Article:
Did I not mention the crown? It’s found in every level and, when carried into the end-portal of each level, it grants bonus gold to the wearer. Retaining the crown is easier said than done, however, as even a single hit will cause you to drop it, at which point it can be picked up by anyone. The bonus it confers didn’t even seem to be that significant, though it’s shining splendor atop my name will be all the reward I require when I play with other people.
Proof that, at one time, I was #1 in the world at something!
… sort of..
Gauntlet sticks close to its roots as a classic top-down dungeon-crawler, though things have been changed up a little; the set maps, for example, have been done away with in favor of procedurally generated dungeons. Monster spawners are now “Summoning Crystals” and are so much more than the spam-attack fodder they once were. I required power shots or my special ability just to damage them, upping the challenge and forcing me to try and take pot-shots during battle. You still smash everything in sight to find gold and then spend said gold between matches, though it isn’t to pig out on health pots and stock-up on bizarre special items.
You can now equip up to two relics to your character, each with their own unique abilities that can be upgraded further for increased power. There are also armor items that you can purchase for your character though, at this point, they appear to be purely cosmetic since I couldn’t find any kind of stat info at all. Not just for these items, but for anything in the game; the classic leveling system has been dropped in favor of achievement based “masteries.” In-game achievements have levels which require the player to perform heroic feats in order to accomplish them, with each level conferring a bonus to character performance.
The changes are gradually noticeable over time, but I’m ambivalent as to whether or not this is actually a good thing within the context of the game. On one hand, it means that the focus is entirely on fightin’ and lootin’ and dungeoneerin’ and makes for a very action oriented game. On the other, not having the leveling system means you have no perspective on what your character is actually doing. Without the stats and leveling side of a dungeon-crawler, the non-stop action can start to feel like a bit of a grind. Variation in enemies wasn’t very abundant in the preview, either; I’ve no doubt that enemies will change as the acts progress, but I hope that the range and variety increases to keep the action fresh.
God dammit Morak, I hate you so much… Kiss me.
The music was very atmospheric, nothing particularly attention-grabbing, however, it certainly added to the fantasy feeling that the game is attempting to create. Graphically, character models were simple though easy to identify amidst the action while the environments were beautifully designed and detailed. Despite the winning combination of these two factors, however, I don’t think immersion in the world is really what the developers had in mind. Poking the fourth wall is where the jokes begin, progressing through self-referential humor and then finally arriving at out-right silliness.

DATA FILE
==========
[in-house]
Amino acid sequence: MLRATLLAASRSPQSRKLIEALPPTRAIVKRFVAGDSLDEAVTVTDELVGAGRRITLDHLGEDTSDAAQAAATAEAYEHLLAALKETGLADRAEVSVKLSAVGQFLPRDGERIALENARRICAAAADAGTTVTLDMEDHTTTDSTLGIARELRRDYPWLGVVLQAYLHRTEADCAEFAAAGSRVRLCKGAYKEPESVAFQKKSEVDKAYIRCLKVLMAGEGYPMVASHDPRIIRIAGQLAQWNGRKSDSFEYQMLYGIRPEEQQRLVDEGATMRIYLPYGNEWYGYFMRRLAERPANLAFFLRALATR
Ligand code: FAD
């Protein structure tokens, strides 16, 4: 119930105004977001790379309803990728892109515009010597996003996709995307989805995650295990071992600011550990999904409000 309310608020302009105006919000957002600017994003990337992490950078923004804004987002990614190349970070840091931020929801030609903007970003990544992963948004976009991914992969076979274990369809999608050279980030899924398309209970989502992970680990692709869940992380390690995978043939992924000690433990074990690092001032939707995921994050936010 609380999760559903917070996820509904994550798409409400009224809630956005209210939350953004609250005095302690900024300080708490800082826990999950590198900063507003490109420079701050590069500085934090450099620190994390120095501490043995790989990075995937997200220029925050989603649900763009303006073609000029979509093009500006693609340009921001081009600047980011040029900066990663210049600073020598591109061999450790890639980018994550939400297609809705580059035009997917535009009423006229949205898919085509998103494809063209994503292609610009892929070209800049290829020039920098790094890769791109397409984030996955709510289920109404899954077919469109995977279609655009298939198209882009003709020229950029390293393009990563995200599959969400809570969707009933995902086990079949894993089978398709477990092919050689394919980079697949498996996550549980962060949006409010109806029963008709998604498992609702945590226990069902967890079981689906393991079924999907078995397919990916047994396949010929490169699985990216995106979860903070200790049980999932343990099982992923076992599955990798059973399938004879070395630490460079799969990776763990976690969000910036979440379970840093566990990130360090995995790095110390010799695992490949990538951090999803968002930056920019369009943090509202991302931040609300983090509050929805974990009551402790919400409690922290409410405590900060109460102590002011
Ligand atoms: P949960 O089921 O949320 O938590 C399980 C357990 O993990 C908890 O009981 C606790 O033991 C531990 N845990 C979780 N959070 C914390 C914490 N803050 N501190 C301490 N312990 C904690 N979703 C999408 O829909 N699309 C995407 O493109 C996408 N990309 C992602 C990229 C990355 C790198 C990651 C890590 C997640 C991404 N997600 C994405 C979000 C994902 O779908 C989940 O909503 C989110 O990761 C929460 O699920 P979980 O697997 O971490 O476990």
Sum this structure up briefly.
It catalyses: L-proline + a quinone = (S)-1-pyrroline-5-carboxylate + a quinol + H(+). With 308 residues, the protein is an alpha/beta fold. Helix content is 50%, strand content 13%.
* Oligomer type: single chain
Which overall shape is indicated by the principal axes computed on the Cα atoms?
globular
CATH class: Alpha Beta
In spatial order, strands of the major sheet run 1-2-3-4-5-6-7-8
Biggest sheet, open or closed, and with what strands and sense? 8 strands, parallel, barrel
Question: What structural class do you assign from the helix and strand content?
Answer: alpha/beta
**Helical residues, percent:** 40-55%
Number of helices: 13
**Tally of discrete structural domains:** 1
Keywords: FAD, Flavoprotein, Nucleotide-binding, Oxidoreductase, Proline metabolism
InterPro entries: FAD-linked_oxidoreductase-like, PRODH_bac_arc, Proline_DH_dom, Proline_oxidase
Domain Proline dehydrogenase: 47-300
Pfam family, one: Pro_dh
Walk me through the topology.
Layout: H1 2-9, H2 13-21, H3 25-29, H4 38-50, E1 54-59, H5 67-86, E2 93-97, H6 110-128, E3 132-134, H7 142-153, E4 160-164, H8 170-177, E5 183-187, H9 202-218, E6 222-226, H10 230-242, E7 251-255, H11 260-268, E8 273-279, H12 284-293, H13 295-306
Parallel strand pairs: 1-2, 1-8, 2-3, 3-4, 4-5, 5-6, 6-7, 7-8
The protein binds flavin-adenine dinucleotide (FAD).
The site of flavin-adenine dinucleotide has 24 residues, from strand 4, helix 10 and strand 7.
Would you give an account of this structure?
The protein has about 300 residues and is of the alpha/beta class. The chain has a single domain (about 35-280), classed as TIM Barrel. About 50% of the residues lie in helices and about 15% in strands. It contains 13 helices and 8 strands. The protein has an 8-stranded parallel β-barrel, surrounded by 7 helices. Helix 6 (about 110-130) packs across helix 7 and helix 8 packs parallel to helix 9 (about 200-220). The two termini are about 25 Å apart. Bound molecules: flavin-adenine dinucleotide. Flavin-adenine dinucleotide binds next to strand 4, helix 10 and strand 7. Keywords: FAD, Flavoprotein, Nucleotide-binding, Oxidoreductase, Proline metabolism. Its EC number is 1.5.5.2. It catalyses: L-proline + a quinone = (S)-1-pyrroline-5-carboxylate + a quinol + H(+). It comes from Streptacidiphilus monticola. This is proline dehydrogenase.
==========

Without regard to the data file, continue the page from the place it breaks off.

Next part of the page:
For the most part, the voice acting is pretty good, if maybe a little disjointed. The dialogue didn’t always sound very enthusiastic, or sometimes as though the voice actor was unsure of what they were saying. It was almost as though they’d accidentally used some of the recordings from the first script rehearsal. Also, as previously mentioned, phrases would be auto-triggered at unusual moments, though I assume this will be cleaned up by the final release. The archer in particular is pretty funny, which I’m glad for given that he’s my favorite character – hours and hours of cringeworthy one-liners would drive me insane. The Warrior was the only other character I spent any real time with and his voice makes him sound like the love child of Arnold Schwarzenegger and William Shatner.
I’ll have the prettiest Elf in all the dungeon.
In comparison to other Gauntlet games, this one will be quite short. The first act makes up one-third of the entire game, which only took me two hours to complete on the normal difficulty. Having said that, if the preview is anything to go by then it’ll be a solid contribution to the series. Its few foibles can be easily forgiven, since they’re not exactly game-breaking and seem almost insignificant compared to how much the game got right. The focus on gameplay over character management should make for some great multiplayer experiences; with the addition of online play, as well, it will make organising 4-player Gauntlet games much easier. It’ll be better too, because I love Gauntlet (this version included) and I love playing it with friends, but Gauntlet should be played for hours on end and people start to smell by that point.
Gauntlet is available through Steam, releasing on September 24th.